The label decoding system is also connected to at least one label printer 32. As mentioned briefly above, the decoded package identification information and destination address are combined to form a unified package record, which may be used to facilitate the track and sorting of the package throughout the delivery system. While the unified package record may be stored in a database, it may also be printed on a label and automatically affixed to the package as it travels on the conveyor belt. The preferred label printer 32 is an automatic label applicator, manufactured by Accusort. In the preferred system 10, the unified package record is printed in machine readable dense code, such as the codes described in U.S. Pat. No. 4,896,029 to Chandler et al., entitled "Polygonal Information Encoding Article, Process and System" and U.S. Pat. No. 4,874,936 to Chandler et al., entitled "Hexagonal, Information Encoding Article, Process and System." Those skilled in the art will appreciate that the number of label printers will depend on the configuration of the conveyor system, the number of packages moving through the system, and other factors.

THE PREFERRED METHOD FOR READING PACKAGE INFORMATION

The preferred method for reading package information will now be discussed in conjunction with FIGS. 3-5. As described above, the system 10 is operative for capturing an image of a package as it travels on a conveyor belt, and detecting and decoding a bar code and OCR address data that appear on the package. The OCR data is validated and, if not accurate, is displayed on a terminal where an operator can manually enter the address data. The decoded bar code data and address data are combined to form a unified package record, which is subsequently used to sort and track the package.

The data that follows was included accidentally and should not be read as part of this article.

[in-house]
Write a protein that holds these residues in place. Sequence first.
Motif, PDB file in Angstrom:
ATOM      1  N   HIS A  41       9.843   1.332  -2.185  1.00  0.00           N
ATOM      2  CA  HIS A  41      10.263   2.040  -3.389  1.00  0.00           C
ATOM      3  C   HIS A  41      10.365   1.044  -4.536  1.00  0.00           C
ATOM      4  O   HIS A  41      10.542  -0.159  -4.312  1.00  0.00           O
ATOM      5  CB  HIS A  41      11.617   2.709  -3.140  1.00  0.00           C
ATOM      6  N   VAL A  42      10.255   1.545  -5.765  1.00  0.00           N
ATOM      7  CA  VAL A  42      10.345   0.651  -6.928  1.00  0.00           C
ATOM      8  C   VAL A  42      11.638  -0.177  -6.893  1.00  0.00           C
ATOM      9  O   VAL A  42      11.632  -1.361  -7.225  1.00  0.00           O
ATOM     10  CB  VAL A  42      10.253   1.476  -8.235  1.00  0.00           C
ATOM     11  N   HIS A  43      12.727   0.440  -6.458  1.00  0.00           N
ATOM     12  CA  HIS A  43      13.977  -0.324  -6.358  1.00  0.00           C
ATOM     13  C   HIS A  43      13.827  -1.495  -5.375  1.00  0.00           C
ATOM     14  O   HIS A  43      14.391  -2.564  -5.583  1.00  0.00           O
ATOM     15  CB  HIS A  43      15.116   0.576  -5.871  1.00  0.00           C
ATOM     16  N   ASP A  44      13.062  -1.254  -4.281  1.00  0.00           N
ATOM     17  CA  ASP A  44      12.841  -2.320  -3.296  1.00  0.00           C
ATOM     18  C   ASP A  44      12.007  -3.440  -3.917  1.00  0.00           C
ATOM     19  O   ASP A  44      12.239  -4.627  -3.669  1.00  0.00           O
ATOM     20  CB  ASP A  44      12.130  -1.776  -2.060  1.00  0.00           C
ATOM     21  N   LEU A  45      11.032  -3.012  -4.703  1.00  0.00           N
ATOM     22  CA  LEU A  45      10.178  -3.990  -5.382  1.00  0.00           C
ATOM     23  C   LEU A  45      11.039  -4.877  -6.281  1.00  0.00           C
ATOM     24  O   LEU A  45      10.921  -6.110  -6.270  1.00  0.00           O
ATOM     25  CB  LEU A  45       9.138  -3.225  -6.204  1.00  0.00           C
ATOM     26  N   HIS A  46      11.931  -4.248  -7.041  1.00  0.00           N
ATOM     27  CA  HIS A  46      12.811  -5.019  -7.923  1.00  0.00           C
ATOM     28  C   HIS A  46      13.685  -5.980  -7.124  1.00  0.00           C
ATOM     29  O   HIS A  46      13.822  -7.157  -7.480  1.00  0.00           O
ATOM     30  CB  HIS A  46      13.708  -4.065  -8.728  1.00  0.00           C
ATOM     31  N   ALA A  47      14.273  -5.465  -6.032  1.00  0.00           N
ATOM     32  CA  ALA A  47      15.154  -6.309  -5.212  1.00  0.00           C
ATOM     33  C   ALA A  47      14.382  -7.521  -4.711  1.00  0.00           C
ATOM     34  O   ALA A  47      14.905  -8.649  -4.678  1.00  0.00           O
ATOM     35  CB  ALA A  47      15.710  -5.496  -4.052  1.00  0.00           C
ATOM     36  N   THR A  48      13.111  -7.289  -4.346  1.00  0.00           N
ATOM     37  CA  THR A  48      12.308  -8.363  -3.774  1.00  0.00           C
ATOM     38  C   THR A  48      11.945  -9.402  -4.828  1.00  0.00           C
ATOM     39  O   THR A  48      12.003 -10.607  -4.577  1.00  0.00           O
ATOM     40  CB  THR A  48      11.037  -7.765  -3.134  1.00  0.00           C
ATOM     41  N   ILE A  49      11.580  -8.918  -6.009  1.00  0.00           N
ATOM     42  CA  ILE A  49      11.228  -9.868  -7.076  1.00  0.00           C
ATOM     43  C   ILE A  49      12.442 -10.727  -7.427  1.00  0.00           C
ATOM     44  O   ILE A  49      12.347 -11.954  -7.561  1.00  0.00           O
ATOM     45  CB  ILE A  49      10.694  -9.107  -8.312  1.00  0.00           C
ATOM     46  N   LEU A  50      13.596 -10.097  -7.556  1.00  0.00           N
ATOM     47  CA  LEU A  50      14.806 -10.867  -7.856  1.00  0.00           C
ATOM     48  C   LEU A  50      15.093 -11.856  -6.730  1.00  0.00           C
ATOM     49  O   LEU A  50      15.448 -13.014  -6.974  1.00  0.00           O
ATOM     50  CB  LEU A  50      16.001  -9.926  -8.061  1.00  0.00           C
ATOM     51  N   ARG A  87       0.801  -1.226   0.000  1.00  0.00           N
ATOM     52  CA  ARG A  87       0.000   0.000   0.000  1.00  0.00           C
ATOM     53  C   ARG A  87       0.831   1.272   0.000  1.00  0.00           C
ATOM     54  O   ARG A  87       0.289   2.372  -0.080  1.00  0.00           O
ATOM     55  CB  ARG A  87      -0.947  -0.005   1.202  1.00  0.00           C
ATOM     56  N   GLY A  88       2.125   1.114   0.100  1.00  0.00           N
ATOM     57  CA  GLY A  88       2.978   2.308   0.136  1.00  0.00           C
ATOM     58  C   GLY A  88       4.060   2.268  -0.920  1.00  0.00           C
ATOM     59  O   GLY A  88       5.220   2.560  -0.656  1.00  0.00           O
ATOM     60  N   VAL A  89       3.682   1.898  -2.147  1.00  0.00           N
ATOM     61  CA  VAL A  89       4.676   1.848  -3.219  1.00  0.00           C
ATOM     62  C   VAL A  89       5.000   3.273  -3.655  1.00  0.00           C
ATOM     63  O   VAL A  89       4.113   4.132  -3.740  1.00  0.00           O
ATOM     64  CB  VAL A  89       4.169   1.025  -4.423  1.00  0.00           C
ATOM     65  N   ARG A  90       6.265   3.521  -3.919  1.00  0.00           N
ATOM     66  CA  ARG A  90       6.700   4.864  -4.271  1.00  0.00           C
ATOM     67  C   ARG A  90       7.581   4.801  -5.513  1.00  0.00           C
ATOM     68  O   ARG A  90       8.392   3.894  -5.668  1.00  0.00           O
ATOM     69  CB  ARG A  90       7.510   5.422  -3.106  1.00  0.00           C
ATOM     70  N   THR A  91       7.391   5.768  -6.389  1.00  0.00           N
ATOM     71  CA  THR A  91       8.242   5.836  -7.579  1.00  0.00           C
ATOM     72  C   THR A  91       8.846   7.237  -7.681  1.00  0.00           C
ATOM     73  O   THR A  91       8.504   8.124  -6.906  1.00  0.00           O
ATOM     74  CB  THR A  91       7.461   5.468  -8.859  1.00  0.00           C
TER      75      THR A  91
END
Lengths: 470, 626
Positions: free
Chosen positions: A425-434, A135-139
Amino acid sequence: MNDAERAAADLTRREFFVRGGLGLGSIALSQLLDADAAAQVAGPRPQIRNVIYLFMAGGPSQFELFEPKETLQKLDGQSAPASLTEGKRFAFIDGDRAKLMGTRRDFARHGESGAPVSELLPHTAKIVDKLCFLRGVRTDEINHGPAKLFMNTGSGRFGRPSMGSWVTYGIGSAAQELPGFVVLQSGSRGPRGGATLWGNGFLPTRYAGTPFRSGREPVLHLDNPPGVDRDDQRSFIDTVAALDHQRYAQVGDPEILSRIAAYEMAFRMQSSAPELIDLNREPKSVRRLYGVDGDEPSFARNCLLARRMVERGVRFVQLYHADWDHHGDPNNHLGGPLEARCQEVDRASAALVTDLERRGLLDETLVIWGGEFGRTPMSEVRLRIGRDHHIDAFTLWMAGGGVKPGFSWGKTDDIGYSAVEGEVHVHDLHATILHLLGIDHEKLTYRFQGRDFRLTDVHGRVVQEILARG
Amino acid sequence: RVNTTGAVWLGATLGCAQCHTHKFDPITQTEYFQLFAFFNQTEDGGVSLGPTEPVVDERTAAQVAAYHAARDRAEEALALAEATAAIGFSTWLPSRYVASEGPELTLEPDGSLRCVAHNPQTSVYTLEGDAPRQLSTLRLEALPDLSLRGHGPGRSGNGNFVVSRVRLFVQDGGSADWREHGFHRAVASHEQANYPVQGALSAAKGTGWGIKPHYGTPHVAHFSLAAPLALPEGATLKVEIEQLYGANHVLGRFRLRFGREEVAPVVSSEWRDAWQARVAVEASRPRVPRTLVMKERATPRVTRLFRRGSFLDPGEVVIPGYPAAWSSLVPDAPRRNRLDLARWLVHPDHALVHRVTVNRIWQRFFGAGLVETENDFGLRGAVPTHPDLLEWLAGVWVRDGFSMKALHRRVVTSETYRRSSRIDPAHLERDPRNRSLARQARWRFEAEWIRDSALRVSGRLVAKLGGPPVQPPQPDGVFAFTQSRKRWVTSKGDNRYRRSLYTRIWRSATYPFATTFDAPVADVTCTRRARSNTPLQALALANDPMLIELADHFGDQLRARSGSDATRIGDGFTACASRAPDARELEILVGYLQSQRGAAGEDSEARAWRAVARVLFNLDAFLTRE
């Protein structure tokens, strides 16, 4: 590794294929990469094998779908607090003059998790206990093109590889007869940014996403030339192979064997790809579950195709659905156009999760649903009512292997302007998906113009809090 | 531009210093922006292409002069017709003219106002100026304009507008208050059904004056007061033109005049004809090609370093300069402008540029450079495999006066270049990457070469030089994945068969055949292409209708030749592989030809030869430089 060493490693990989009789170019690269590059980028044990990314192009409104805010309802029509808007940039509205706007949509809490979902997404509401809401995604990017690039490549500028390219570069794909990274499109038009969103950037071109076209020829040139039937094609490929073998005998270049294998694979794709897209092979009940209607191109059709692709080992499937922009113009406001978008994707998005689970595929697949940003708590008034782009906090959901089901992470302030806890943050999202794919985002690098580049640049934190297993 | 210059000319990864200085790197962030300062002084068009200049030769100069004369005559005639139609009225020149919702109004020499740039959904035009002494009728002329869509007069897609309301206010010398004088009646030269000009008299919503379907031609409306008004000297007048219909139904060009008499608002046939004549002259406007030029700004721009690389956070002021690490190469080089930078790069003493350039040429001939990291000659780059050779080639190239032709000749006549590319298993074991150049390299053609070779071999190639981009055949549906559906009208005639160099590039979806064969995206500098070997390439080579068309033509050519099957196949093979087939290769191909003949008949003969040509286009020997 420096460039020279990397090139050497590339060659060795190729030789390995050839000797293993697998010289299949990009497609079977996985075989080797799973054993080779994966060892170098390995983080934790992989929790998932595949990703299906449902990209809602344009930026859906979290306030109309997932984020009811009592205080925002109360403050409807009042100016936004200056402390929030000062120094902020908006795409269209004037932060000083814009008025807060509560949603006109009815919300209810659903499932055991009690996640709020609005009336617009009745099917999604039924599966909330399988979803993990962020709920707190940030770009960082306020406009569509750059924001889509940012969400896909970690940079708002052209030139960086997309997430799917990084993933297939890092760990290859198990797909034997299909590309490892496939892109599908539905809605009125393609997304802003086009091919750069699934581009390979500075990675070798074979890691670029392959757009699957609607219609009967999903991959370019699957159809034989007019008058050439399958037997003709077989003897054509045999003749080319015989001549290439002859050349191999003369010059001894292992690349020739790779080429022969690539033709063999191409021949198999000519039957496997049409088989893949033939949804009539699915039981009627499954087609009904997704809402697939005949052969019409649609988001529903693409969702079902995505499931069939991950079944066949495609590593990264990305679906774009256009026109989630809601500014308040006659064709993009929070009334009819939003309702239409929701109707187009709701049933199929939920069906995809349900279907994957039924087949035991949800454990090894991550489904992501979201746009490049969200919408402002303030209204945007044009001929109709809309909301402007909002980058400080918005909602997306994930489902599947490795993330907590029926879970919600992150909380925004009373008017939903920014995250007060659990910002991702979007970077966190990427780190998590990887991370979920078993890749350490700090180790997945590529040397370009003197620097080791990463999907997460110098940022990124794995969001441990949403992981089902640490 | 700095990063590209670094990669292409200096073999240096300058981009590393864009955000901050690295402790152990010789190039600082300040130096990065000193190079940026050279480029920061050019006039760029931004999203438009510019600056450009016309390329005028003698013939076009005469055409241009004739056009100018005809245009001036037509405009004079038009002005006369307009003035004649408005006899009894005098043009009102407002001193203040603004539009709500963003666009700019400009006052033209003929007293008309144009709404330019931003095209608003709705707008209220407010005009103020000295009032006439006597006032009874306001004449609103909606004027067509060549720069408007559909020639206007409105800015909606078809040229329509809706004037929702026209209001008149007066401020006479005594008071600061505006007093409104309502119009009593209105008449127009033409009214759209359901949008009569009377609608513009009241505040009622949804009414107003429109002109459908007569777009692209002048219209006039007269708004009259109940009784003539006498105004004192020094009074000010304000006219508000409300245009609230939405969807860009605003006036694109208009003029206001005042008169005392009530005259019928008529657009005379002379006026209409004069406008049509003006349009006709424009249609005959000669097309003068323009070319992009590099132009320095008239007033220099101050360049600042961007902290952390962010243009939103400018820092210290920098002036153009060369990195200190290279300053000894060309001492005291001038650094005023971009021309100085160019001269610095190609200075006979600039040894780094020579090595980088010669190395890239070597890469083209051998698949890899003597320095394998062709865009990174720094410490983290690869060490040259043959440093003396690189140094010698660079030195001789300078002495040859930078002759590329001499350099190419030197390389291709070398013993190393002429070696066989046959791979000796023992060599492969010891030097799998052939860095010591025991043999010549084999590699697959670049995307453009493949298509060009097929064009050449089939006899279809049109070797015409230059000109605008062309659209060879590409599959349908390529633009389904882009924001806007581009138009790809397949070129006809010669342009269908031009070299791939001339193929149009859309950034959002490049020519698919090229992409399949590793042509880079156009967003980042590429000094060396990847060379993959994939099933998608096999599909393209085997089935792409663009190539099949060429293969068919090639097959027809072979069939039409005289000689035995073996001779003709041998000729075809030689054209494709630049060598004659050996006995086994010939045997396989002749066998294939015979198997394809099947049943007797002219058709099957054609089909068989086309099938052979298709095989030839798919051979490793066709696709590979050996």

FIG. 3 is a flow diagram illustrating the preferred method 300 for reading package information. The steps that form the method 300 are carried out by the various equipment that forms a part of the system 10 for reading package information. The method 300 begins at step 302 by determining the location and orientation of the destination address block. In the preferred system, this is accomplished as the package moves beneath the fiduciary mark detector 24, which is described above in conjunction with FIGS. 1 and 2. The coordinate and orientation information from the fiduciary mark detector are provided to the label decoding system 14, where they are used to process the image that is provided by the high resolution camera 16.

After the package is scanned by the fiduciary mark detector, the package height is determined by the package height sensor 26 at step 304. At step 306 a high resolution image of the top of the package is captured by the high resolution OTB camera 16 as the package passes beneath the high resolution camera. This image is provided to the label decoding system 14. The high resolution camera 16 uses the package height data from the package height sensor 26 to adjust the focal length of the camera and ensure that the camera is properly focused regardless of the height of the package.

At step 308 the label decoding system 14 processes the data from the belt encoder 44, the fiduciary mark detector 24, and the high resolution camera 16. Generally described, the processing performed by the label decoding system includes locating and decoding the bar code, locating and decoding the destination address, verifying the accuracy of the destination address, and receiving a manually entered destination address if needed. The particular steps involved in processing the data are described below in conjunction with FIG. 4.

At step 310 the bar code and destination address data are combined to form a unified package record, which is stored in a database or printed on a label and affixed to the package at step 312. The data contained in the unified package record is subsequently used for sorting and tracking the package as it moves through the delivery company's system. The method 300 terminates at step 314.